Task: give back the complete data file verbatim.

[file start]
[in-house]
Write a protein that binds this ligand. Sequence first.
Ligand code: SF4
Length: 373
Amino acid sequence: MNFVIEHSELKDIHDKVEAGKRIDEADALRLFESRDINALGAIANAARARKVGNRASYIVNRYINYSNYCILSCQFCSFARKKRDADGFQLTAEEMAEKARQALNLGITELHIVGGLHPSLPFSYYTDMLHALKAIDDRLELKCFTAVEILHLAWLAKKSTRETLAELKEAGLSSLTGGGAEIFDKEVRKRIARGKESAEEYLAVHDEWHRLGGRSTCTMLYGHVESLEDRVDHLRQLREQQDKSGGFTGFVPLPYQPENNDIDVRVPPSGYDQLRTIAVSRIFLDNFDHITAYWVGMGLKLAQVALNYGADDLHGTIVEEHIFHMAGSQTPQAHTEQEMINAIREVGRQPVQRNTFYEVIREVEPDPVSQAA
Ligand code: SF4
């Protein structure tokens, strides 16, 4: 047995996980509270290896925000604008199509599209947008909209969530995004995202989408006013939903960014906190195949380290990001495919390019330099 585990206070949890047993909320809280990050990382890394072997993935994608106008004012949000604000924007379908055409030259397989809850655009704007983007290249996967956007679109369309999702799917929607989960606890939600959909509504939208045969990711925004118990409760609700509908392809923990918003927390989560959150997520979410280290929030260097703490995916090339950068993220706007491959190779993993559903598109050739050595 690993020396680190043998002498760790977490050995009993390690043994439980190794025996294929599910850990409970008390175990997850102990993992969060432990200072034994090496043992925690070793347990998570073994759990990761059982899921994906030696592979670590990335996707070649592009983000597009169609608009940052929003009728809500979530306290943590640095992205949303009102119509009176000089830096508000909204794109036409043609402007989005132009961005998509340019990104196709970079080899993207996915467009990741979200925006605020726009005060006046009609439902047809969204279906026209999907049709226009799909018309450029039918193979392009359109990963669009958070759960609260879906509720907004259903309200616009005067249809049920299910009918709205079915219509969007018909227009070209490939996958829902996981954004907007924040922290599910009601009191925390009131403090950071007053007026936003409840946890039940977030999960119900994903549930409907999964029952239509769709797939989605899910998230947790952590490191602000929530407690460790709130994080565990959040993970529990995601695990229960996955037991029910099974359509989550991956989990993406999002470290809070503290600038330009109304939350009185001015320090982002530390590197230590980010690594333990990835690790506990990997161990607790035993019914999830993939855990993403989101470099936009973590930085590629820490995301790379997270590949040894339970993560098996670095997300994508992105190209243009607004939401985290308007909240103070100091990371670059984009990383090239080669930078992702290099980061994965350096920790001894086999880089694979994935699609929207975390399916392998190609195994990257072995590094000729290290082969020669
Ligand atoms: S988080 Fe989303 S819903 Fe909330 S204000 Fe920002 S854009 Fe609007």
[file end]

[in-house]
Write a protein that binds this ligand. Sequence first.
Ligand code: SF4
Length: 373
Amino acid sequence: MNFVIEHSELKDIHDKVEAGKRIDEADALRLFESRDINALGAIANAARARKVGNRASYIVNRYINYSNYCILSCQFCSFARKKRDADGFQLTAEEMAEKARQALNLGITELHIVGGLHPSLPFSYYTDMLHALKAIDDRLELKCFTAVEILHLAWLAKKSTRETLAELKEAGLSSLTGGGAEIFDKEVRKRIARGKESAEEYLAVHDEWHRLGGRSTCTMLYGHVESLEDRVDHLRQLREQQDKSGGFTGFVPLPYQPENNDIDVRVPPSGYDQLRTIAVSRIFLDNFDHITAYWVGMGLKLAQVALNYGADDLHGTIVEEHIFHMAGSQTPQAHTEQEMINAIREVGRQPVQRNTFYEVIREVEPDPVSQAA
Ligand code: SF4
């Protein structure tokens, strides 16, 4: 047995996980509270290896925000604008199509599209947008909209969530995004995202989408006013939903960014906190195949380290990001495919390019330099 585990206070949890047993909320809280990050990382890394072997993935994608106008004012949000604000924007379908055409030259397989809850655009704007983007290249996967956007679109369309999702799917929607989960606890939600959909509504939208045969990711925004118990409760609700509908392809923990918003927390989560959150997520979410280290929030260097703490995916090339950068993220706007491959190779993993559903598109050739050595 690993020396680190043998002498760790977490050995009993390690043994439980190794025996294929599910850990409970008390175990997850102990993992969060432990200072034994090496043992925690070793347990998570073994759990990761059982899921994906030696592979670590990335996707070649592009983000597009169609608009940052929003009728809500979530306290943590640095992205949303009102119509009176000089830096508000909204794109036409043609402007989005132009961005998509340019990104196709970079080899993207996915467009990741979200925006605020726009005060006046009609439902047809969204279906026209999907049709226009799909018309450029039918193979392009359109990963669009958070759960609260879906509720907004259903309200616009005067249809049920299910009918709205079915219509969007018909227009070209490939996958829902996981954004907007924040922290599910009601009191925390009131403090950071007053007026936003409840946890039940977030999960119900994903549930409907999964029952239509769709797939989605899910998230947790952590490191602000929530407690460790709130994080565990959040993970529990995601695990229960996955037991029910099974359509989550991956989990993406999002470290809070503290600038330009109304939350009185001015320090982002530390590197230590980010690594333990990835690790506990990997161990607790035993019914999830993939855990993403989101470099936009973590930085590629820490995301790379997270590949040894339970993560098996670095997300994508992105190209243009607004939401985290308007909240103070100091990371670059984009990383090239080669930078992702290099980061994965350096920790001894086999880089694979994935699609929207975390399916392998190609195994990257072995590094000729290290082969020669
Ligand atoms: S988080 Fe989303 S819903 Fe909330 S204000 Fe920002 S854009 Fe609007």